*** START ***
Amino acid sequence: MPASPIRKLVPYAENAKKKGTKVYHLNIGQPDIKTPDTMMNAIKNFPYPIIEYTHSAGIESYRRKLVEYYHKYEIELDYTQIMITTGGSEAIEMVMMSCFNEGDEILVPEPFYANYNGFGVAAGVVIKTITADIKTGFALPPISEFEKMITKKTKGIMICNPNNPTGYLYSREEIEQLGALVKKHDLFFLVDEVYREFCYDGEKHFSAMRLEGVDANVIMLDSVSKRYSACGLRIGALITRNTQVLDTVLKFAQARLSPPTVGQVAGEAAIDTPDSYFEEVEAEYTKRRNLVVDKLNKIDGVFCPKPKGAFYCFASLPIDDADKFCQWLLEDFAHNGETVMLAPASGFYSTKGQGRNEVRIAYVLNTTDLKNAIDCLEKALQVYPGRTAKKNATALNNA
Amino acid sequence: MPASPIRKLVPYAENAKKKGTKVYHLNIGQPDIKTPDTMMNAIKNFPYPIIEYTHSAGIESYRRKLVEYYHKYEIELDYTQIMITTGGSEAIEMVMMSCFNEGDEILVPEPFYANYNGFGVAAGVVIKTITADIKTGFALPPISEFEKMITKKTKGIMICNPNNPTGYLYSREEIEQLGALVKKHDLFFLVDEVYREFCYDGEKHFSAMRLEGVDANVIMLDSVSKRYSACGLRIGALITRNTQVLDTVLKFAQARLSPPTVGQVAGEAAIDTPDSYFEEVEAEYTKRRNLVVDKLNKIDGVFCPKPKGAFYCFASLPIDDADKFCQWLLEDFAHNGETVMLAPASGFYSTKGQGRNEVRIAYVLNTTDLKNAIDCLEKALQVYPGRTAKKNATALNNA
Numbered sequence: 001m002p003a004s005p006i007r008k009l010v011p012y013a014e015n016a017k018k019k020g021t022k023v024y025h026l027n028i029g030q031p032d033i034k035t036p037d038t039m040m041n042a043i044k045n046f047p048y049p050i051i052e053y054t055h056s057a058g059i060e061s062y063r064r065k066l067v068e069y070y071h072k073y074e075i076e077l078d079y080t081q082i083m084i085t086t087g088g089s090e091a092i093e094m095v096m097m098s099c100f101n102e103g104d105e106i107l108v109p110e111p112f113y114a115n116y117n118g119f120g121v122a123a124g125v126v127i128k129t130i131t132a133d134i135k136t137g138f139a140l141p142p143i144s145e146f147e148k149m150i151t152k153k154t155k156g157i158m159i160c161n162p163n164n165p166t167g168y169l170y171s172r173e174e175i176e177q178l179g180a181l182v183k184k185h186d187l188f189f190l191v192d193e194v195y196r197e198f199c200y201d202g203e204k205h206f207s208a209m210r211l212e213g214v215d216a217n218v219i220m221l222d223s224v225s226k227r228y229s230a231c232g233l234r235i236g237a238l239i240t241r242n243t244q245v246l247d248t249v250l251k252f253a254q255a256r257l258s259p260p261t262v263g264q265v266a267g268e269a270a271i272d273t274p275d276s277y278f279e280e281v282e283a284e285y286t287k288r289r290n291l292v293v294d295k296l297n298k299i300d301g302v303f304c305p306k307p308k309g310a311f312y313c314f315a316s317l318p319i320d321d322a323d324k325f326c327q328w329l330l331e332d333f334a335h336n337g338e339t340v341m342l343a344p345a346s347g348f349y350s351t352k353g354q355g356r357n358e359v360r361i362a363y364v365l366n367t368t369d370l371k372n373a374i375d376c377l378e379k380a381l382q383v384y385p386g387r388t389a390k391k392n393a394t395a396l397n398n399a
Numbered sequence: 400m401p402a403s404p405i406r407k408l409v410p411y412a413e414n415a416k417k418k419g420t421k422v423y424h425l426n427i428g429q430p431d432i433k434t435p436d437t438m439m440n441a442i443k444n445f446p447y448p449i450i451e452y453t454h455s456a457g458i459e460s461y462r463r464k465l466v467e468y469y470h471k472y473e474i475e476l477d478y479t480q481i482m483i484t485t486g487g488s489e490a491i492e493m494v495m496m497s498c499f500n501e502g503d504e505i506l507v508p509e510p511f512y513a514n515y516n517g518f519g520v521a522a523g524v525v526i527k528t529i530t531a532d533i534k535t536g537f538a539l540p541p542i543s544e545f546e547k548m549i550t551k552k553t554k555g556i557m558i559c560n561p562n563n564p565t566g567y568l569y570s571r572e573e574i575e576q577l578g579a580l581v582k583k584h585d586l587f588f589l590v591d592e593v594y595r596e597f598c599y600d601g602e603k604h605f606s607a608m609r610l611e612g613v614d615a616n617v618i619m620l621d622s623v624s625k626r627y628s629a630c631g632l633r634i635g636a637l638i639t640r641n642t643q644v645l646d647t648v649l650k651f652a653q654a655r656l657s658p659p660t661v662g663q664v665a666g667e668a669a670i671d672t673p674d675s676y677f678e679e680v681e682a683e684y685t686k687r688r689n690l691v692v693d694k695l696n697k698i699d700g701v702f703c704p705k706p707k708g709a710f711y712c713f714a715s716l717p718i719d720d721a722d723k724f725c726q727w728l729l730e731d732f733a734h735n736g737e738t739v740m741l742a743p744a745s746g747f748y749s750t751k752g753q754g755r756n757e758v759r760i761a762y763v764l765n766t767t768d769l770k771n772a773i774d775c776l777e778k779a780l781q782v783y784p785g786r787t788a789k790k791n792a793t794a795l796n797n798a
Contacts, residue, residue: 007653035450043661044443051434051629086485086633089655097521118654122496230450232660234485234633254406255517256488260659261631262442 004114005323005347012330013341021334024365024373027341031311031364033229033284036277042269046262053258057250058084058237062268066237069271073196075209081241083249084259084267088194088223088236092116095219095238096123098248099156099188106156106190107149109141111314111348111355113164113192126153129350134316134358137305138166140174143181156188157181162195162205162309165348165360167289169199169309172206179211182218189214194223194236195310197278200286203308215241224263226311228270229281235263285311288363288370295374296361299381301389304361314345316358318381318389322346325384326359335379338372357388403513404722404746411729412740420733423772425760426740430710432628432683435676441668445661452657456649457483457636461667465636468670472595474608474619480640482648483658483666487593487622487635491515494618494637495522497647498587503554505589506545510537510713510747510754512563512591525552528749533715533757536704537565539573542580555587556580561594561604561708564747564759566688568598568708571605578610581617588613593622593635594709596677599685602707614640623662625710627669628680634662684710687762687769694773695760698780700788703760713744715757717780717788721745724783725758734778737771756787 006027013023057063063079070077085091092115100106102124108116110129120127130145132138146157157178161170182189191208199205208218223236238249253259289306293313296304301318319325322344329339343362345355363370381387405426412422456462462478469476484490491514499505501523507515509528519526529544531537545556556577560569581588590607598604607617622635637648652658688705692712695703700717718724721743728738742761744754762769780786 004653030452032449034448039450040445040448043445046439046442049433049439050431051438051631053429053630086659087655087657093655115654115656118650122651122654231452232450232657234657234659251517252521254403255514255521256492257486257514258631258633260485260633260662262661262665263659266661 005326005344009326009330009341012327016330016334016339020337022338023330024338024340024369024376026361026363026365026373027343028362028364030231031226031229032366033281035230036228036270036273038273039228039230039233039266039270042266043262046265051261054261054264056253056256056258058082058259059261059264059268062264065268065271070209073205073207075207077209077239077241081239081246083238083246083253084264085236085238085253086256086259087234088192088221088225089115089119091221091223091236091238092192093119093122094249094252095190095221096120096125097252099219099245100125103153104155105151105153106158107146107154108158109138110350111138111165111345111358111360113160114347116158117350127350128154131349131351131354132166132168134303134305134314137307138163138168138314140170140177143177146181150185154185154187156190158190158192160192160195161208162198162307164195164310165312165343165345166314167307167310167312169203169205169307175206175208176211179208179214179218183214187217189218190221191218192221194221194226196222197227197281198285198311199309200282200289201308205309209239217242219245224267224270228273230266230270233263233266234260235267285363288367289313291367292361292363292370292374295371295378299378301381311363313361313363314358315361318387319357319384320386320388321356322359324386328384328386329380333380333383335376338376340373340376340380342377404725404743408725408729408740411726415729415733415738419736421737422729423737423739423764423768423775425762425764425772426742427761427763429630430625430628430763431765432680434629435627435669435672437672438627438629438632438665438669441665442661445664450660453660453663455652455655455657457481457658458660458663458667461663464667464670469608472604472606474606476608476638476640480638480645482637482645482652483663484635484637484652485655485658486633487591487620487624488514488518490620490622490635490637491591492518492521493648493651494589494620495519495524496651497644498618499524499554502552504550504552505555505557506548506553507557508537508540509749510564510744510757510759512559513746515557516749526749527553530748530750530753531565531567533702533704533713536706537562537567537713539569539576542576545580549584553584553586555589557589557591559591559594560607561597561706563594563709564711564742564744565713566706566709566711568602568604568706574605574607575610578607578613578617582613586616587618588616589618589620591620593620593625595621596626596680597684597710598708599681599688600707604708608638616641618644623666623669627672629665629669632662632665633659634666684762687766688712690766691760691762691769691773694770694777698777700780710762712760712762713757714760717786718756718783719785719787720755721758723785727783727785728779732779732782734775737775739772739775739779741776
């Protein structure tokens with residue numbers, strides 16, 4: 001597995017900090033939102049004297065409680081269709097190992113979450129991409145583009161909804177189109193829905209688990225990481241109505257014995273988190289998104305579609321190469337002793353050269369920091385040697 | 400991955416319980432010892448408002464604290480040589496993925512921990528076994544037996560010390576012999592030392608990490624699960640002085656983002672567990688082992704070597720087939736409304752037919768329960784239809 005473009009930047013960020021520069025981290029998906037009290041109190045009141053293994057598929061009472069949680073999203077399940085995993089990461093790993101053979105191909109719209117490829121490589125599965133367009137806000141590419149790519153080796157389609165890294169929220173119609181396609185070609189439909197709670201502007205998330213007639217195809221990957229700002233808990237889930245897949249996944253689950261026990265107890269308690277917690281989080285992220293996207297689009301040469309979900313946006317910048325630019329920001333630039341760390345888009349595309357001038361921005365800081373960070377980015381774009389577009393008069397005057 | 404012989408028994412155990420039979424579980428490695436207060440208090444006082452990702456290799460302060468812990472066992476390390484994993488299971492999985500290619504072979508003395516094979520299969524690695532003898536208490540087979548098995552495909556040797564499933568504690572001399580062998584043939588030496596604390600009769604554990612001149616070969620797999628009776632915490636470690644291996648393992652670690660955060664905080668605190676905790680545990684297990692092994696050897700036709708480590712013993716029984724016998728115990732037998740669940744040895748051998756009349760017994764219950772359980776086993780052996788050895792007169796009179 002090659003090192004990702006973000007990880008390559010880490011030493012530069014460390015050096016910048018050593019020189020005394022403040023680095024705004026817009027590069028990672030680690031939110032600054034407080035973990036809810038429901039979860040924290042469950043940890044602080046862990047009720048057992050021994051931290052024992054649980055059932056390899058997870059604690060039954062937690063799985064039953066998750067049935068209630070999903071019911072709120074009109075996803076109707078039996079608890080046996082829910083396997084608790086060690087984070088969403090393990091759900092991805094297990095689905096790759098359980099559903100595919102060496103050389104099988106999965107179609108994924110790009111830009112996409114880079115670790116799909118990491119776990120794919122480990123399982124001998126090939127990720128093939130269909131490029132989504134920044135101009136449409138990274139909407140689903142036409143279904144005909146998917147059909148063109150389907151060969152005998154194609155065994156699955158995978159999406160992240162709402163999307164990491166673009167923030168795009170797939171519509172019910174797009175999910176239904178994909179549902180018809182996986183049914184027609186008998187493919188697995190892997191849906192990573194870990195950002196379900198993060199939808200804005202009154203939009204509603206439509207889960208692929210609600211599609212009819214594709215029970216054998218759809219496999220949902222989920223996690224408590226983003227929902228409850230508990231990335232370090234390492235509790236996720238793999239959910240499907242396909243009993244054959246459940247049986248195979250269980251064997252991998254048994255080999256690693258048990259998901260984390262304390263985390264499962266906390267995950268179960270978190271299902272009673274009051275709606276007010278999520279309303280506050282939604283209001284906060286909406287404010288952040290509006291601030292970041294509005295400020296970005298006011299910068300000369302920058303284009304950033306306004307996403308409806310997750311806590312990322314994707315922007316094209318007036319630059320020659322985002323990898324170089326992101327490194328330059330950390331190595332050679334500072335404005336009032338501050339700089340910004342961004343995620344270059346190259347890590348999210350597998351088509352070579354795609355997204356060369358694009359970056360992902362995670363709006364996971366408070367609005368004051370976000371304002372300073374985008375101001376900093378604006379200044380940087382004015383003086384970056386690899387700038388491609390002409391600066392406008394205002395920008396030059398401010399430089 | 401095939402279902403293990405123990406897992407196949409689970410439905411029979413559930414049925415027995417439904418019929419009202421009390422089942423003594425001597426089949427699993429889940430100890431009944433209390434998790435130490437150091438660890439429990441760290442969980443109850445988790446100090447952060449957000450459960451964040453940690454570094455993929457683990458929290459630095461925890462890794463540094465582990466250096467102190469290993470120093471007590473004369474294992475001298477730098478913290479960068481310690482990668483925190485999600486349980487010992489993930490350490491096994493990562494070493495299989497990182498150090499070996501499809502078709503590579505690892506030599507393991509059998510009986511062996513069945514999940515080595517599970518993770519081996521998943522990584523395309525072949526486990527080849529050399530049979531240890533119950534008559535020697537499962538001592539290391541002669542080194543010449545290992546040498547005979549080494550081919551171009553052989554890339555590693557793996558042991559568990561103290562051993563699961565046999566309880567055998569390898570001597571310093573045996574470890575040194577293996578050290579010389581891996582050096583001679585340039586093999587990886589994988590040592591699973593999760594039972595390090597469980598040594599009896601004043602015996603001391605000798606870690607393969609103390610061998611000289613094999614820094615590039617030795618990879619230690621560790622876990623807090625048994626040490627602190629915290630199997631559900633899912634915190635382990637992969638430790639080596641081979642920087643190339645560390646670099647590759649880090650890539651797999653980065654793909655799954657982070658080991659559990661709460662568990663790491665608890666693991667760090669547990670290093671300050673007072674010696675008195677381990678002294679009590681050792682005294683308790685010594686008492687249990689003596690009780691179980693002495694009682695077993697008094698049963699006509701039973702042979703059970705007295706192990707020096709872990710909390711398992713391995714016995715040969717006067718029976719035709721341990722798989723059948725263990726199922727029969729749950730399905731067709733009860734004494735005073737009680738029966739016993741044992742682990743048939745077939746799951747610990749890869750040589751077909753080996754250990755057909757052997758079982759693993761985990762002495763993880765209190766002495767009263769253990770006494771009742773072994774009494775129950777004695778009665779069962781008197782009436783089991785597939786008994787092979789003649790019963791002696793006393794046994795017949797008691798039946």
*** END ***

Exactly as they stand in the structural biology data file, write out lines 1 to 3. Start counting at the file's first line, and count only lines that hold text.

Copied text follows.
Amino acid sequence: MPASPIRKLVPYAENAKKKGTKVYHLNIGQPDIKTPDTMMNAIKNFPYPIIEYTHSAGIESYRRKLVEYYHKYEIELDYTQIMITTGGSEAIEMVMMSCFNEGDEILVPEPFYANYNGFGVAAGVVIKTITADIKTGFALPPISEFEKMITKKTKGIMICNPNNPTGYLYSREEIEQLGALVKKHDLFFLVDEVYREFCYDGEKHFSAMRLEGVDANVIMLDSVSKRYSACGLRIGALITRNTQVLDTVLKFAQARLSPPTVGQVAGEAAIDTPDSYFEEVEAEYTKRRNLVVDKLNKIDGVFCPKPKGAFYCFASLPIDDADKFCQWLLEDFAHNGETVMLAPASGFYSTKGQGRNEVRIAYVLNTTDLKNAIDCLEKALQVYPGRTAKKNATALNNA
Amino acid sequence: MPASPIRKLVPYAENAKKKGTKVYHLNIGQPDIKTPDTMMNAIKNFPYPIIEYTHSAGIESYRRKLVEYYHKYEIELDYTQIMITTGGSEAIEMVMMSCFNEGDEILVPEPFYANYNGFGVAAGVVIKTITADIKTGFALPPISEFEKMITKKTKGIMICNPNNPTGYLYSREEIEQLGALVKKHDLFFLVDEVYREFCYDGEKHFSAMRLEGVDANVIMLDSVSKRYSACGLRIGALITRNTQVLDTVLKFAQARLSPPTVGQVAGEAAIDTPDSYFEEVEAEYTKRRNLVVDKLNKIDGVFCPKPKGAFYCFASLPIDDADKFCQWLLEDFAHNGETVMLAPASGFYSTKGQGRNEVRIAYVLNTTDLKNAIDCLEKALQVYPGRTAKKNATALNNA
Numbered sequence: 001m002p003a004s005p006i007r008k009l010v011p012y013a014e015n016a017k018k019k020g021t022k023v024y025h026l027n028i029g030q031p032d033i034k035t036p037d038t039m040m041n042a043i044k045n046f047p048y049p050i051i052e053y054t055h056s057a058g059i060e061s062y063r064r065k066l067v068e069y070y071h072k073y074e075i076e077l078d079y080t081q082i083m084i085t086t087g088g089s090e091a092i093e094m095v096m097m098s099c100f101n102e103g104d105e106i107l108v109p110e111p112f113y114a115n116y117n118g119f120g121v122a123a124g125v126v127i128k129t130i131t132a133d134i135k136t137g138f139a140l141p142p143i144s145e146f147e148k149m150i151t152k153k154t155k156g157i158m159i160c161n162p163n164n165p166t167g168y169l170y171s172r173e174e175i176e177q178l179g180a181l182v183k184k185h186d187l188f189f190l191v192d193e194v195y196r197e198f199c200y201d202g203e204k205h206f207s208a209m210r211l212e213g214v215d216a217n218v219i220m221l222d223s224v225s226k227r228y229s230a231c232g233l234r235i236g237a238l239i240t241r242n243t244q245v246l247d248t249v250l251k252f253a254q255a256r257l258s259p260p261t262v263g264q265v266a267g268e269a270a271i272d273t274p275d276s277y278f279e280e281v282e283a284e285y286t287k288r289r290n291l292v293v294d295k296l297n298k299i300d301g302v303f304c305p306k307p308k309g310a311f312y313c314f315a316s317l318p319i320d321d322a323d324k325f326c327q328w329l330l331e332d333f334a335h336n337g338e339t340v341m342l343a344p345a346s347g348f349y350s351t352k353g354q355g356r357n358e359v360r361i362a363y364v365l366n367t368t369d370l371k372n373a374i375d376c377l378e379k380a381l382q383v384y385p386g387r388t389a390k391k392n393a394t395a396l397n398n399a